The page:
As of mid-April, the study found, nearly 16 percent of coronavirus infections in Illinois could be linked to a single source: the Cook County Jail in Chicago. The authors say the data highlight how our punitive criminal justice system — with its particular reliance on arrest and incarceration — is a risk factor that makes everyone in the country more vulnerable to a pandemic.
The researchers obtained data from the Cook County Jail on the entrance, release and covid-19 status of thousands of inmates who were incarcerated in the facility in March. In contrast to prisons, which typically house long-term inmates serving out their punishment, most jail stays are brief: The majority of jail inmates are accused but not convicted individuals awaiting their day in court.
As a result, there is considerable “cycling” between jails and the communities around them. People are arrested, housed temporarily in cramped conditions highly conducive to the spread of infectious disease, and then either released back into the community or sent on to other detention centers to serve out their sentences. Staffers who make daily trips between jail facilities and their homes represent another possible vector of community spread.
The researchers examined the Zip code-level relationship between the presence of released Cook County Jail inmates and the rate of coronavirus infection. They controlled for a number of potentially confounding factors, including poverty, public transit use, population density and race.
Their main conclusion was “the cycling of 2,129 individuals through Cook County Jail in March was associated with 4,575 additional known community infections in Illinois as of April 19,” or nearly 16 percent of all cases across the state at the time.
This may be an undercount. Prison staffers accounted for more than 100 of Cook County Jail’s 600-plus coronavirus infections as of April 19, but the researchers did not have data on staffers’ Zip codes of residence, meaning the analysis is blind to potential community spread linked to jail employees.
Allison Peters, a sheriff’s office spokesperson, said that though a lack of testing capability had hampered the jail’s initial response to the virus, the situation has improved.
“As a result of our interventions, cases at the jail have dropped precipitously over the past month,” Peters said in a written statement. “As of yesterday, there were 26 detainees positive for COVID-19 at the jail, and 33 jail staff members currently positive.
“More important,” she added, “virtually all of the new cases in recent weeks have come from newly arrested individuals who tested positive at intake, not from those who were already in custody.”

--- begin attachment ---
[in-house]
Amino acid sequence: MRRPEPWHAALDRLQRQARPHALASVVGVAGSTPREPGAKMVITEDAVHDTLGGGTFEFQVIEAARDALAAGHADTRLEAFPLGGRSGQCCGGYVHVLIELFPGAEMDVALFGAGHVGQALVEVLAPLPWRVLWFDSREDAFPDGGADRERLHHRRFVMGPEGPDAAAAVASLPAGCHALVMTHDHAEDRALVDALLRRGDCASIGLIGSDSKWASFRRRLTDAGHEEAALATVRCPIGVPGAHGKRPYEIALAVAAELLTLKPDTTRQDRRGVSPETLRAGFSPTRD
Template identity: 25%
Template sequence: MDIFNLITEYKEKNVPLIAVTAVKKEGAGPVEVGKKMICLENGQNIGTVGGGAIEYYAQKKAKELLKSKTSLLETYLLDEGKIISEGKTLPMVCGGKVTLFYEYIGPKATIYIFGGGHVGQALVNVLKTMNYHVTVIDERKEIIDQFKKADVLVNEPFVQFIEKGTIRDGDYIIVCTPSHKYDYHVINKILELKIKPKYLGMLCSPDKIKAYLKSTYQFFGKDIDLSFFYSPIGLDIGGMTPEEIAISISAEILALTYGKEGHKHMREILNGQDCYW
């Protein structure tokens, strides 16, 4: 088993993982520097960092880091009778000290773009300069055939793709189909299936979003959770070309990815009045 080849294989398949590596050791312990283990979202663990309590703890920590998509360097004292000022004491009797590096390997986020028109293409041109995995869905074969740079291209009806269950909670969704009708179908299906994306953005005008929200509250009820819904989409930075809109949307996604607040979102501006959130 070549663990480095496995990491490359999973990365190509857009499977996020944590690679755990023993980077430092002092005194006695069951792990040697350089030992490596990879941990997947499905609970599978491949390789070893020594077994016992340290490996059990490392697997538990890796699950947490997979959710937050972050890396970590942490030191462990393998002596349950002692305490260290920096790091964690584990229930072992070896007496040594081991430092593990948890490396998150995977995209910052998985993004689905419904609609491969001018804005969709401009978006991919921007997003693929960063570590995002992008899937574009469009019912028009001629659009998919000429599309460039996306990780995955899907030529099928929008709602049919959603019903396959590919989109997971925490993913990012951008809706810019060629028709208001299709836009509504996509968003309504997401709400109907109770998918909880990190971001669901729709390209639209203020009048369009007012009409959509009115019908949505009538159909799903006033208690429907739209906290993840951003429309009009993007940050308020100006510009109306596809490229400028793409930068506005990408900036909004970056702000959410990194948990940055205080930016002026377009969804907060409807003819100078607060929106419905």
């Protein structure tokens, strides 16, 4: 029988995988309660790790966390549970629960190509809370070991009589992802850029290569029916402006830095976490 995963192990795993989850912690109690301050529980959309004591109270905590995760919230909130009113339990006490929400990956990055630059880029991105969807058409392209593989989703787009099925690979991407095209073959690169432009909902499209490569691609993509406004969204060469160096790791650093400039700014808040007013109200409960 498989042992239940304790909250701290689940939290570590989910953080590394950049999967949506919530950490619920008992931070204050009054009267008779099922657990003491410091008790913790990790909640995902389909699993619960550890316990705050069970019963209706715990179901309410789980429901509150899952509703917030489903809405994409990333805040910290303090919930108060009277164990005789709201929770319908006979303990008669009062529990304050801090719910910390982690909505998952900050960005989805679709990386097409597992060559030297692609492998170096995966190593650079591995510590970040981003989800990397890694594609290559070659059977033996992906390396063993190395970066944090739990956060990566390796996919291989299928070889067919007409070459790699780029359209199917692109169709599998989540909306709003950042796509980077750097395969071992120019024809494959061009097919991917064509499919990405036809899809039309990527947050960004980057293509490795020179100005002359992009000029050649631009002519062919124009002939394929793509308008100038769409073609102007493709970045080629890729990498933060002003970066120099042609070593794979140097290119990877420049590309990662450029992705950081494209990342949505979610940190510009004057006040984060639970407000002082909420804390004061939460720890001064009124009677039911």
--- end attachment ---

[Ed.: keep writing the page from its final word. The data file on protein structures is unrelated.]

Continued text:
The authors of the study stress that their main finding is simply a correlation between infection rates and inmate releases at the Zip code level. They did not contact-trace individual infections. Moreover, the relationship between inmate releases and coronavirus spread may be explained by other factors for which they were unable to control.
“Although currently available data are inadequate to establish a clear causal relation,” the authors write, “these provisional findings are consistent with the hypothesis that arrest and jailing practices are augmenting infection rates in highly policed neighborhoods.”
Most strikingly, inmate releases were a much better predictor of Zip code-level infections than other factors studied, such as race, poverty and population density.
The findings may also explain some of the disparities in coronavirus cases and mortality by race. “In light of the well-documented, disproportionate intensity of policing and incarceration in black neighborhoods in the United States,” they write, “the carceral-community spread of disease may bear partial responsibility for the striking racial disparities noted in COVID-19 cases.”
These findings sit precisely at the nexus of the two major crises roiling the country: the coronavirus outbreak and the abuse and mistreatment of black Americans by law enforcement. Many commentators have criticized protesters and public health experts for supporting mass protests against police brutality during a pandemic.
But these findings suggest the two issues are interlinked: black Americans’ higher rates of exposure to the cramped jails and prisons of the criminal justice system may be making them more vulnerable to the effects of the coronavirus.
In the end, that disproportionality affects all of us. “It is possible,” the authors conclude, “that, as arrested individuals are exposed to high-risk spaces for infection in jails and then later released to their communities, the criminal justice system is turning them into potential disease vectors for their families, neighbors, and, ultimately, the general public.”
This story has been updated with comment from the Cook County Sheriff’s Office.